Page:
Saint Lucias Feast Day is December 13th.
Saint Lucia was a Italian Virgin saint born in Syracuse, Sicily, during the third century. She came from nobility, her father being Roman, and her mother, was Greek. It was a time in history that the Romans held the reins of power.
She was known to bring food to the Christians that hid in the catacombs. She wore a crown of candles to light her way in the dark as she walked through the caves.
She was promised, in an arranged marriage, to a pagan, whom she refused. Her decision brought her before Roman law, where she suffered a series of various tortures—even having her eyes gouged out, that later miraculously healed. Thus she is prayed to for healing eye conditions. The sword eventually killed her.
Saint Lucia’s name means the “Light Bringer.” She is also known as St. Lucy. Like many other Medieval Saints, her life blended over into other ancient Goddess traditions before the coming of Christianity. She was worshiped in the Nordic Countries, who celebrated her feast day on the darkest day, Winter Solstice. Her feast day was changed in 1582, with the making of the Gregorian calendar.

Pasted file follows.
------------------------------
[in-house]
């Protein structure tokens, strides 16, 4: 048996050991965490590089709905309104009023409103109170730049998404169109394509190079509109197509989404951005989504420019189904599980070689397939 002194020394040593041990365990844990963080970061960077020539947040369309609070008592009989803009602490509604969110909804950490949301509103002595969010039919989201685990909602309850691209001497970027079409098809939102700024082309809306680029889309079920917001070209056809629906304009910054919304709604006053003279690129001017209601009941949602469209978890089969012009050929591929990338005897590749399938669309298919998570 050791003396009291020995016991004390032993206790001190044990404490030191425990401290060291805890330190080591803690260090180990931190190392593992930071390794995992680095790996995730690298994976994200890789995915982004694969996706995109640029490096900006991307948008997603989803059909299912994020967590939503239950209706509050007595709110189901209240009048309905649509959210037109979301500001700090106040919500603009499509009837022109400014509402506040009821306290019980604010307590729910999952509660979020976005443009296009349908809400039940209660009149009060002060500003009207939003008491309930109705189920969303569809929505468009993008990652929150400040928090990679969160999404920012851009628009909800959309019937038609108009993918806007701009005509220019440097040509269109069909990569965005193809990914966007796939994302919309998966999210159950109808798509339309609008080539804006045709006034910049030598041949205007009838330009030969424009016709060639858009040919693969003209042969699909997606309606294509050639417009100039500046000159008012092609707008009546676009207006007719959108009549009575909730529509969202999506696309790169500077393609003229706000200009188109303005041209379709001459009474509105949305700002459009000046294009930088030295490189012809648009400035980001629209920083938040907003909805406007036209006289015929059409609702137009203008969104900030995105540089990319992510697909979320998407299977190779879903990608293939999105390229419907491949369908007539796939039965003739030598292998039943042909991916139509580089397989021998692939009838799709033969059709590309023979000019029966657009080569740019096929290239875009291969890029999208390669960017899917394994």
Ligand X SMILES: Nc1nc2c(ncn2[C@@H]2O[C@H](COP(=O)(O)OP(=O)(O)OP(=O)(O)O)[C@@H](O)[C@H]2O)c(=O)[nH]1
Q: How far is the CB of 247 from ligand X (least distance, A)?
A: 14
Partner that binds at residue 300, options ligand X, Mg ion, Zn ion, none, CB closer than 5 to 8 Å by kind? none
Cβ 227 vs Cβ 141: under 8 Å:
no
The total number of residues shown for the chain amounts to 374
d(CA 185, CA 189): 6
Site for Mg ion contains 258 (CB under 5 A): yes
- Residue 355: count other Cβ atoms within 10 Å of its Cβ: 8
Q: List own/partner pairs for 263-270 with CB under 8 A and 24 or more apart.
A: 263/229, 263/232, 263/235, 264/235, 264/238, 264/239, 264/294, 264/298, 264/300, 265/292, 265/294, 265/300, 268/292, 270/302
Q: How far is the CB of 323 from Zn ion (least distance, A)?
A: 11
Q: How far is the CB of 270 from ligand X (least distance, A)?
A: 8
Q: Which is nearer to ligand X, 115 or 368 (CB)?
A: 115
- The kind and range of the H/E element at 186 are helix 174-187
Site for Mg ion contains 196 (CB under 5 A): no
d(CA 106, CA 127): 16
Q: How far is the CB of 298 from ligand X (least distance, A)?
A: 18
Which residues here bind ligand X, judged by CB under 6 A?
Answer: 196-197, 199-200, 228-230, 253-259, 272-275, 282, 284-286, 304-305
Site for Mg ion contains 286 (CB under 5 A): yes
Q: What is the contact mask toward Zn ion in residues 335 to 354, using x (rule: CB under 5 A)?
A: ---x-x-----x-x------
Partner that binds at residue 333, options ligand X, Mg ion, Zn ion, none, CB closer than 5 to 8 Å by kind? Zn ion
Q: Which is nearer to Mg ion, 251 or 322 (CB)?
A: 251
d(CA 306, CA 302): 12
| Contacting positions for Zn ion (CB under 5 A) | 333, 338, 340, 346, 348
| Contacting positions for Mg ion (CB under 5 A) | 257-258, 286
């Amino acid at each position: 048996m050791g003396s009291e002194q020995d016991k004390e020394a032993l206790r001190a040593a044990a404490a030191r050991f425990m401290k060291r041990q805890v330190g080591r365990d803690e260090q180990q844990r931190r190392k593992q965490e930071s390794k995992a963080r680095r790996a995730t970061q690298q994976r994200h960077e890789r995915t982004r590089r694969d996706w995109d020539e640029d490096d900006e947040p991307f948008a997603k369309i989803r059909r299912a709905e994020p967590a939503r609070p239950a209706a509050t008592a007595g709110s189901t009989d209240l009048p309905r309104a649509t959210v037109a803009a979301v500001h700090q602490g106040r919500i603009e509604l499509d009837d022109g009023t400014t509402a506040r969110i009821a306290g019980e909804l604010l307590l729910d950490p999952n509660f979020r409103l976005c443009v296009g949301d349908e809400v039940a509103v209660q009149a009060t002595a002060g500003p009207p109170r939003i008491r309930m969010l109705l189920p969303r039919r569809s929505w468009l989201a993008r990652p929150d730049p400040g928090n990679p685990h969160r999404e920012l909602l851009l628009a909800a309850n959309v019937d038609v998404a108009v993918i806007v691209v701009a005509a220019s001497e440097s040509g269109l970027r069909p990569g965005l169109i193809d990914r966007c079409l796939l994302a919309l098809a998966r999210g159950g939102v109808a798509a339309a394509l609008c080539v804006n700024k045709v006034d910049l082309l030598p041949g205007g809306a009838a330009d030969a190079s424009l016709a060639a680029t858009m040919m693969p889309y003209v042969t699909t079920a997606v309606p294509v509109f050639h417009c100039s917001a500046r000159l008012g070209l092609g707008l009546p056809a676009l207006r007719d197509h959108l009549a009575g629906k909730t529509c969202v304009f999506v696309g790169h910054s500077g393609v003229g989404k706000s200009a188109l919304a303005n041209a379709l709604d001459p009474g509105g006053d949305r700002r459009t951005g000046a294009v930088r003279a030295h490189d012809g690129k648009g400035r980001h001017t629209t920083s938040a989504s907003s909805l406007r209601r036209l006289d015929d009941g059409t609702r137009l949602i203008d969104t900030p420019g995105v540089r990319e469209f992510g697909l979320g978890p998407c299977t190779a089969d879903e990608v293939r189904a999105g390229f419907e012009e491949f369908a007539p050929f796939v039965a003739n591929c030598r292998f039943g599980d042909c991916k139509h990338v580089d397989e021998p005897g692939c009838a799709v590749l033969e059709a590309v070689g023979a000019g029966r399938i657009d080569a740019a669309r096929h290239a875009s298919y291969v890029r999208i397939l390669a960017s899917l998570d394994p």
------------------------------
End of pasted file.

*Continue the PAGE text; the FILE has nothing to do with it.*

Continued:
St. Lucia’s Day in Sweden is celebrated by the Eldest daughter in the family, chosen as the “Lussi Bride.” She is dressed in a white gown with a red sash. A crown of evergreen and lit candles are placed on her head. She bakes sweet bread and serves it with coffee in the morning to the family. This Swedish tradition is rooted in the Nordic Sun Goddess Sunna’s, who rides her chariot across the sky, dragging the sun behind her. She is associated with wolves, who, from time to time, take a bite out of the sun, causing an eclipse.
Denmark’s Lucia was known as “Spindle Lucia,” associated with the older Goddess Sillaholle. On St Lucia’s feast day, all spinning and weaving would stop for the rest of the Yuletide season and not resume until Distaff day, the day after the Epiphany.
Austria’s Lucia name meant “Second Sight,” She was prayed to give the gift of seeing. A talisman of Lucia’s eyes is called “Los Ojitos de Santa” in Mexico. And are given to children to protect them from the evil eye. The Mediterranean fisherman would paint bright eyes on their ships to have sight during questionable navigation. Winter wheat is planted during Lucia’s feast day in Hungary and Croatia.
Juno Lucina, the Goddess of Rome, may have been the ancient roots of St Lucia in Italy. Juno was known as the Goddess of childbirth and marriage. Thus Saints and Goddess all weave together, passing down ancient traditions from our ancestors so they will not be forgotten.
From my up and coming New Book.